Wed. Aug 5th, 2020

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‘Neo Cab’ – Switch Review

5 min read

A great premise with great mechanics, absolutely ruined by its philosophy.

Neo Cab was a game I was excited to pick up and play as the game has a lot of strong points. The cool 80’s synth-wave aesthetic was an immediate draw for me. The game features a mystery where the player will have to talk to the various denizens of Los Ojos to find Lina’s missing best friend, and to compliment this is a mood system that either opens or closes various dialogue options. All of this together sounds like something I would enjoy, but very shortly into my time playing this game I quickly learned that some of the main characters of Los Ojos are insufferable to the point of wanting to just leave and never return.

Let’s delve into Neo Cab’s good points. The art and soundtrack are great and match the theme of a futuristic city at night time. Overall, the artistic design choices illuminate the city of Los Ojos with vibrant lights and signs, and it has a pleasing aesthetic as you converse with the various people you accept into your car and deliver them to their destination. Along the way the player will meet some strange and otherwise interesting characters from an old woman obsessed with chance and probability to a doctor who has some shady methods and history. As the player progresses and talks to more customers, some of them become almost regulars. They’ll have more conversations, will remember your past choices, and the routes you took to get there.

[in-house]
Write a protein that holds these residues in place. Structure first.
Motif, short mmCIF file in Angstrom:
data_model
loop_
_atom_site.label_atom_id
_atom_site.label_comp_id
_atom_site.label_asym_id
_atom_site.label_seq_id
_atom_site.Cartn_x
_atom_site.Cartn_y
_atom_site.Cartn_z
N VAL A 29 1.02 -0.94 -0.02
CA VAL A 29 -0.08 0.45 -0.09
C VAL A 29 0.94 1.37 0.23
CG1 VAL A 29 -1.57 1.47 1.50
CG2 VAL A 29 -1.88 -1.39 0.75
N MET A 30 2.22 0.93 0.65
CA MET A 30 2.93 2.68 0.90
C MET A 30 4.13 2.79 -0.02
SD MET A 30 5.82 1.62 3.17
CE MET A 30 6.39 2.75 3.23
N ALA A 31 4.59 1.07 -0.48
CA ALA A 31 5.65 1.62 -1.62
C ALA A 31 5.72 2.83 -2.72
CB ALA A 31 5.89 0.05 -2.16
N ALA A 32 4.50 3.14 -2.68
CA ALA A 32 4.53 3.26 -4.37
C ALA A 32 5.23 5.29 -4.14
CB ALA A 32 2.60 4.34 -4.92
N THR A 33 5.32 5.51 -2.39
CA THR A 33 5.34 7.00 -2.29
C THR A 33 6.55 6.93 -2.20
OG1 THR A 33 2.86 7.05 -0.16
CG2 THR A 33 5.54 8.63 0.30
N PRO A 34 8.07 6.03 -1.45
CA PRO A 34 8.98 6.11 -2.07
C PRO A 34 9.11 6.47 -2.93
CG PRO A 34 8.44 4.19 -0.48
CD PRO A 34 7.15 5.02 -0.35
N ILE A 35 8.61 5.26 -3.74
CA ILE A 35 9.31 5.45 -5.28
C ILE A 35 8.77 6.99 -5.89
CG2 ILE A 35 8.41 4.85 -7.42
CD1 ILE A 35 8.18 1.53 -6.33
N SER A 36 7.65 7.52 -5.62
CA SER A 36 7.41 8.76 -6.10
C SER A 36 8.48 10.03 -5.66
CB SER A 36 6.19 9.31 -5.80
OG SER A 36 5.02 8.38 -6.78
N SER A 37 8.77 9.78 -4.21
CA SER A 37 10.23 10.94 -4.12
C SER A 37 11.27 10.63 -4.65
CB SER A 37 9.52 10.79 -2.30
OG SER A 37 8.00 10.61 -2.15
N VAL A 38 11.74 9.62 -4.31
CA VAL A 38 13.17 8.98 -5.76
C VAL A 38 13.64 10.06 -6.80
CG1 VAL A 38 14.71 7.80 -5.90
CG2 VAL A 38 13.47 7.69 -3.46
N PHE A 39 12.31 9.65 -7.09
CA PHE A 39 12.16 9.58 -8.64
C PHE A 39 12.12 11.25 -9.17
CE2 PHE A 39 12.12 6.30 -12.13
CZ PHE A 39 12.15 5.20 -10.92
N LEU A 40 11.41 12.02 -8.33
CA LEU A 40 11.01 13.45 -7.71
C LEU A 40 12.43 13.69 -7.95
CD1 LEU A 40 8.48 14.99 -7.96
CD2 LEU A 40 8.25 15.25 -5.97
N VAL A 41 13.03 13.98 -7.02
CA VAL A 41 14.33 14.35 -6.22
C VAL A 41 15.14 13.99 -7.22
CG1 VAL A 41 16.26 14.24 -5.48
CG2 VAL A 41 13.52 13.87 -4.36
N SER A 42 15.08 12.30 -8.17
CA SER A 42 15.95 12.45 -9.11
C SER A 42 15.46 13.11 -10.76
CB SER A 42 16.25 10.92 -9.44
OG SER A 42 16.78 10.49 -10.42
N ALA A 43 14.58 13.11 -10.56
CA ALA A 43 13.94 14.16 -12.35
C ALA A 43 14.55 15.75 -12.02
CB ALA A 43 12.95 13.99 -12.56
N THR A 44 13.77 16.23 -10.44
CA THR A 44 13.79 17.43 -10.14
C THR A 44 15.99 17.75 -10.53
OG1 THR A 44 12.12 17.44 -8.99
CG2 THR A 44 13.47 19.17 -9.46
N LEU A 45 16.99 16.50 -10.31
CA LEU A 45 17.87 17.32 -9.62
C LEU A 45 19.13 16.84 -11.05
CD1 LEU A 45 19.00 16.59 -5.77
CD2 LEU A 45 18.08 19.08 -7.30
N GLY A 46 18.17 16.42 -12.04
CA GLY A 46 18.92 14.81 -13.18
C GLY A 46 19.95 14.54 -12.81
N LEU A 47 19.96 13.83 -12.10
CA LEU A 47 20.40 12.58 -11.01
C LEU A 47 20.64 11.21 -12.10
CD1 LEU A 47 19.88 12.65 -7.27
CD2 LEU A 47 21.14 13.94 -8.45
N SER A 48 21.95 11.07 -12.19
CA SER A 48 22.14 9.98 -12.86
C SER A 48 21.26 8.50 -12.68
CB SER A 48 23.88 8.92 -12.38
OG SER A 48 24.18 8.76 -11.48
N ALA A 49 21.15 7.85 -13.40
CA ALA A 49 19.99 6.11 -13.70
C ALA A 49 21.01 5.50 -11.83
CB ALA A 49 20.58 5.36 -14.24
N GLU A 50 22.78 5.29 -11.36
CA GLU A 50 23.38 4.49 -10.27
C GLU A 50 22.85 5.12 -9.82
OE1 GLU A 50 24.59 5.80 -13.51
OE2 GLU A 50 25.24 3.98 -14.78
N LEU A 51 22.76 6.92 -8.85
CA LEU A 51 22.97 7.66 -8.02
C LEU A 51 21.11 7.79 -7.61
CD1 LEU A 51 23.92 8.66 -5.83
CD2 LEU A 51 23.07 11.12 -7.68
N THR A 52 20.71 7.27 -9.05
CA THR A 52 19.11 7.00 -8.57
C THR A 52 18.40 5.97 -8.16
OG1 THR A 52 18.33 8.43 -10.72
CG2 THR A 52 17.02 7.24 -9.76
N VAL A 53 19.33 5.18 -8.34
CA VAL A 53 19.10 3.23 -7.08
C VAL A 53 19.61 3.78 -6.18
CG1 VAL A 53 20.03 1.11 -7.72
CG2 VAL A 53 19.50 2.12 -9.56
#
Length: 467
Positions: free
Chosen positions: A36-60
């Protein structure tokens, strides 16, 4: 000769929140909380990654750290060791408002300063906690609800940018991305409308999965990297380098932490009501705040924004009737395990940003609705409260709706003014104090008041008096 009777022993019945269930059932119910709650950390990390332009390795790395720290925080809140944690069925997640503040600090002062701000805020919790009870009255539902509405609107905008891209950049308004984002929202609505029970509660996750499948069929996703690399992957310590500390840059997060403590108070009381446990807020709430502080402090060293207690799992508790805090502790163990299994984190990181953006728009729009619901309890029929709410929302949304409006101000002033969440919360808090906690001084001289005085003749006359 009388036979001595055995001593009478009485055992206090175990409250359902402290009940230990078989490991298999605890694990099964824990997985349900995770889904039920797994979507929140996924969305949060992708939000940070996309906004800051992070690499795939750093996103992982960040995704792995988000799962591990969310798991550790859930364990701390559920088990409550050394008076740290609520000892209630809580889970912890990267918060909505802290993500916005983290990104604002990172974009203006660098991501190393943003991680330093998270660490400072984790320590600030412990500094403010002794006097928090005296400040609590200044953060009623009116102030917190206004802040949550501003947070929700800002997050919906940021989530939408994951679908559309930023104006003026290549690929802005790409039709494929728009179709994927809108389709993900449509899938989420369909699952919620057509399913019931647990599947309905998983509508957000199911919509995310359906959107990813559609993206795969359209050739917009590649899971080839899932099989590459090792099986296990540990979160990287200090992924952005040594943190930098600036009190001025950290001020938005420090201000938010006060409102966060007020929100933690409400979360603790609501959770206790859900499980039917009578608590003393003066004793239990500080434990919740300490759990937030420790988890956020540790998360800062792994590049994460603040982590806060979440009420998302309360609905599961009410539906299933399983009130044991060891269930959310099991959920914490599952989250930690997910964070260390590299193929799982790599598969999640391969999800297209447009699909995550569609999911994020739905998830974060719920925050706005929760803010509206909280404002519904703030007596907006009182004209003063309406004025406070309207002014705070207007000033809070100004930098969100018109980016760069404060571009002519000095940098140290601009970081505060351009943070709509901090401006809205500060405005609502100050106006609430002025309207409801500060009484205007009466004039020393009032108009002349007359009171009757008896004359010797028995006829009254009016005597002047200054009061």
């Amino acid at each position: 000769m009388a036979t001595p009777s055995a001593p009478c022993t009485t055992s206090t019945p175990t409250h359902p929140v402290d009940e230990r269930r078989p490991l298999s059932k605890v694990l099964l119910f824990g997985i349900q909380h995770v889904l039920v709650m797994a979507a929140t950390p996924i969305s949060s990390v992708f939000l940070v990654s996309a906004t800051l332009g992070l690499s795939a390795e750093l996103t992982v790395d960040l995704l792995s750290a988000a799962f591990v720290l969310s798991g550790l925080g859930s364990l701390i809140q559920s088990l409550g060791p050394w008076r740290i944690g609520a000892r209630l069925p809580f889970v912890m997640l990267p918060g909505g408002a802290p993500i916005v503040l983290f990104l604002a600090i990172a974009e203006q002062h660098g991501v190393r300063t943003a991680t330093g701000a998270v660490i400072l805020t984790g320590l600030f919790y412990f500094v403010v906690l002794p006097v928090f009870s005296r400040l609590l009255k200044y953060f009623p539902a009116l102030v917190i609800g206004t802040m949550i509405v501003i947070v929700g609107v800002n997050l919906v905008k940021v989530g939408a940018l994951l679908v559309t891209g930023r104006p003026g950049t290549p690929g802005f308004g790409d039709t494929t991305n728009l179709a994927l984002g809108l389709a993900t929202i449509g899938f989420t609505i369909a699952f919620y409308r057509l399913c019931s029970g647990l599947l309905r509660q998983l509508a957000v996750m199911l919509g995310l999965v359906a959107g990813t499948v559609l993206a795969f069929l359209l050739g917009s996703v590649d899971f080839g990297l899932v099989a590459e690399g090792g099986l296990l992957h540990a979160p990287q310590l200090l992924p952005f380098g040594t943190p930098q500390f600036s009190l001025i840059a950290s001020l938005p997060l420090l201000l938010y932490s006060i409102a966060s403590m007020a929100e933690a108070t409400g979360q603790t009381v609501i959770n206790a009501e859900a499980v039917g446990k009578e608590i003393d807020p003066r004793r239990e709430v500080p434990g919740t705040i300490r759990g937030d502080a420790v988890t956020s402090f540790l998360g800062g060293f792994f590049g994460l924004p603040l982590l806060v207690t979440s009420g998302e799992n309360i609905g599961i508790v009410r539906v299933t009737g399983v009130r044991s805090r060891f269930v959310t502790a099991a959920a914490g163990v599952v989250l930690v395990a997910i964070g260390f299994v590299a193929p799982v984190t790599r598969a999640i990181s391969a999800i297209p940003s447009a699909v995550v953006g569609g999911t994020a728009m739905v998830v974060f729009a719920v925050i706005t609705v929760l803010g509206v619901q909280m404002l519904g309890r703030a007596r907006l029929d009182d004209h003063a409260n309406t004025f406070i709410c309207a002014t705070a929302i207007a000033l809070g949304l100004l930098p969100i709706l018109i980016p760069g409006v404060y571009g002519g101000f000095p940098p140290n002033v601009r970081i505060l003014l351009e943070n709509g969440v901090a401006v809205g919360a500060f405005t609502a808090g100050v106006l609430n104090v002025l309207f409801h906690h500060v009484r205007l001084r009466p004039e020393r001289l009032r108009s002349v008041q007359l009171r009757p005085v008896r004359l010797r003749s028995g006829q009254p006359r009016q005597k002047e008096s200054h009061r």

As previously mentioned, there’s a mood system in Neo Cab that influences your dialogue choices. This mood status and its changes are based on a wrist device called a Feelgrid that functions similarly to a mood ring. The colors and their intensity shown on a grid will show the player where they stand at any given time. The player may find themselves sitting in the red, resulting in Lina being too mad to make more rational dialogue choices, and the player may want to try to steer the conversation away from a sensitive topic to navigate closer to either green or yellow to open up some of those extra options and choices. I felt as though this was one of the games strongest points. A system that’s simple yet complex enough to create some innovative narrative choices and will have the player actively thinking about how the current situation will affect Lina’s ability to make certain decisions.

The world of Los Ojos is one that tells of corporations going too far. The entire taxi cab driving industry is run as a monopoly. The player assumes the role of Lina, the last human driven taxi cab while the Capra Corporation comprises its taxi cabs of robots and automation. Although Capra has a firm hold on the taxi cab industry, it is more well known as a massive tech giant, giving people access to holo-displays, vast technological devices and services. In a way, Capra could be seen most comparatively in our world to Amazon, not really in terms of tech, but in their presence and setting the stage as a company so massive that their reach knows no bounds.